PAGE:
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July 2, 2024

Genesis Part 21

The last piece of information that Abraham received from God in Genesis Chapter 15 regarding the covenant promise was that his wife, Sarah, would bear a son, and the son’s name would be Isaac.




GENESIS 21:1-13

The last piece of information that Abraham received from God in Genesis Chapter 15 regarding the covenant promise was that his wife, Sarah, would bear a son, and the son’s name would be Isaac. It is through Isaac and not Ishmael that God would establish His covenant to be a great nation with a land to possess, and through whom the nations of the world would be blessed. This is reiterated in Genesis 18:10: “This time next year your wife Sarah will have a son!” So then, Abraham is informed that in one year the child of promise, Isaac, will be born.

One year later…

READ Genesis 21:1-3

“The LORD visited Sarah” indicates that God comes to Sarah with supernatural power and gives her the ability to conceive at the age of 90! Notice the emphasis in this verse – “as HE had said” and “as HE had promised.” God does for Sarah what He said He would do in Genesis Chapter 17. And God does it in the timeframe that He had said – “at the time of which God had spoken” (Genesis 18:10). Abraham responds in obedience by naming his son Isaac as God had directed.

READ Genesis 21:4-5

Abraham circumcises Isaac when he is 8 days old. This is obedience to God’s instruction in Genesis 17:12. The fact given that Abraham is 100 years old confirms that God kept His promise to Abraham in the timeframe He told him. Abraham was 99 when God told him that Sarah would conceive and Isaac would be born (17:24). Shortly thereafter, in Genesis 18:10, God tells Abraham it will happen this time next year. One year has passed and now we see that Abraham is 100. So, Isaac’s birth happened exactly as God said it would and when it would.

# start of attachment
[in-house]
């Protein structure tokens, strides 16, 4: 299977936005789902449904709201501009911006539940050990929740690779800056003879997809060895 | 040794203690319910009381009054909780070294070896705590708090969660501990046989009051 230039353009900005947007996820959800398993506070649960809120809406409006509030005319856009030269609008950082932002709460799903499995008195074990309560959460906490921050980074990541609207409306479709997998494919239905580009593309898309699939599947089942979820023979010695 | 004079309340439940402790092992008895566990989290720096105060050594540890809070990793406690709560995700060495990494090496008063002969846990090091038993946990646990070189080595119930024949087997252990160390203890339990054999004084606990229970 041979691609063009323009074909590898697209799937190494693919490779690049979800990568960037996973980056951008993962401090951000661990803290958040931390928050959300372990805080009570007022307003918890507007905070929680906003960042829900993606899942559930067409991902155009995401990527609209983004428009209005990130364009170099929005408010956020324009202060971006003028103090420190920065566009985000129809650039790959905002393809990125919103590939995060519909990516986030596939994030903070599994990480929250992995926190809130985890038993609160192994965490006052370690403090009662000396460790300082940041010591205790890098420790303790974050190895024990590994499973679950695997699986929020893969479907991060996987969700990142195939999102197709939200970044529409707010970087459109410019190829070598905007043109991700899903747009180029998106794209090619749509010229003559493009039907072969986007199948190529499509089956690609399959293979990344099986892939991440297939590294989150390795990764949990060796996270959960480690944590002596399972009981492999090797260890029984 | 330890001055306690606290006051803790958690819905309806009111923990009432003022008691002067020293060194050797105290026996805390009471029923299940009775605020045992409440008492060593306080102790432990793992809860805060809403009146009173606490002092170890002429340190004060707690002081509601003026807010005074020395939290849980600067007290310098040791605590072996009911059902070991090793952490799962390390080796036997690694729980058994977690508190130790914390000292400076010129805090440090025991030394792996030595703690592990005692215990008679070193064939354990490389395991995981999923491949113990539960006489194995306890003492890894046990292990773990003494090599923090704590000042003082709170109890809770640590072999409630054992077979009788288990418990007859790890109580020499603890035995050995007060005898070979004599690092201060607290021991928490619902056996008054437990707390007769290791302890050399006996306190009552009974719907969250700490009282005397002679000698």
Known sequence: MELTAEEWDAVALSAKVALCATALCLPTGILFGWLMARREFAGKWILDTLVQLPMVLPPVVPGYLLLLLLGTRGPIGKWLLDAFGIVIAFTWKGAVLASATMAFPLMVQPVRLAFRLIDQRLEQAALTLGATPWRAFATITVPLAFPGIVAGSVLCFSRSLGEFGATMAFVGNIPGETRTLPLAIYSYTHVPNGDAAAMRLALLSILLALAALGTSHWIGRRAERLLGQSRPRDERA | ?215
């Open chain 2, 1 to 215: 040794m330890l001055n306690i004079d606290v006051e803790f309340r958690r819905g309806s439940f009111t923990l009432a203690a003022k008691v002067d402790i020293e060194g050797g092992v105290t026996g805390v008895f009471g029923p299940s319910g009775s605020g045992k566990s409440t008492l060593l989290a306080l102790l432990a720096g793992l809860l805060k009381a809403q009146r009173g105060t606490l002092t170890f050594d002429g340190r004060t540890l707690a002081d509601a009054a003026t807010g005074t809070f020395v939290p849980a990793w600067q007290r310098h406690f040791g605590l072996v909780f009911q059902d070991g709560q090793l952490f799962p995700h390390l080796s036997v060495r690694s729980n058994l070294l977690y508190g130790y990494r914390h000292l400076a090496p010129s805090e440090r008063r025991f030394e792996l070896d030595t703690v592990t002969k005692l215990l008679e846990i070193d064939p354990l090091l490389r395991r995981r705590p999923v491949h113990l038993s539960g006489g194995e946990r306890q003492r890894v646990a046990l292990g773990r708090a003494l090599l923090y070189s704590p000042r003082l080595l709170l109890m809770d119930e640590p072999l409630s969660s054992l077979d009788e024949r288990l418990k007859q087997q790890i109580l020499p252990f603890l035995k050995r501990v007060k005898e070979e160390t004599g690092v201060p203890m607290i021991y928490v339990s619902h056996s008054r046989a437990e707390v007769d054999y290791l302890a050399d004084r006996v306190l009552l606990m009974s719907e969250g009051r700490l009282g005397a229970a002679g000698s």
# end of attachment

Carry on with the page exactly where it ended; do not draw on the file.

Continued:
READ Gen 21:6-8

Sarah’s laughter back in Genesis Chapter 18, which was a laughter of unbelief, is now laughter of pure unbridled joy. And she shares that laughter with others around her. “Who would have said to Abraham that Sarah would nurse children?” Only one Person would have said that and it was God. Weaning is the discontinuation of breast-feeding. It is when a child begins to get their nourishment from solid food. In some cases this could extend to a child’s 2nd or 3rd birthdays. Isaac is probably around a year old, maybe 2, at this time. So Ishmael, Abraham’s first son, would have been 15 or 16 years old.

At this point the focus is on the covenant child Isaac. He is the center of attention. It is not just that Isaac is Abraham’s and Sarah’s miracle child, though he certainly is. The main point of emphasis is that Isaac is the one through whom God’s promises to Abraham will be fulfilled. The Abrahamic Covenant hinges on Isaac. Abraham knows this. This is a vitally important point to grasp because in next week’s lesson Abraham is going to be tested on this point to see if he really does get it. So before we even get to that lesson I want you to understand something – Abraham knows that Isaac is the child of promise and all of God’s promises to him are going to be fulfilled through Isaac and not Ishmael. God has made this crystal clear to Abraham. It is my contention that not only does Abraham believe this, but he KNOWS IT!!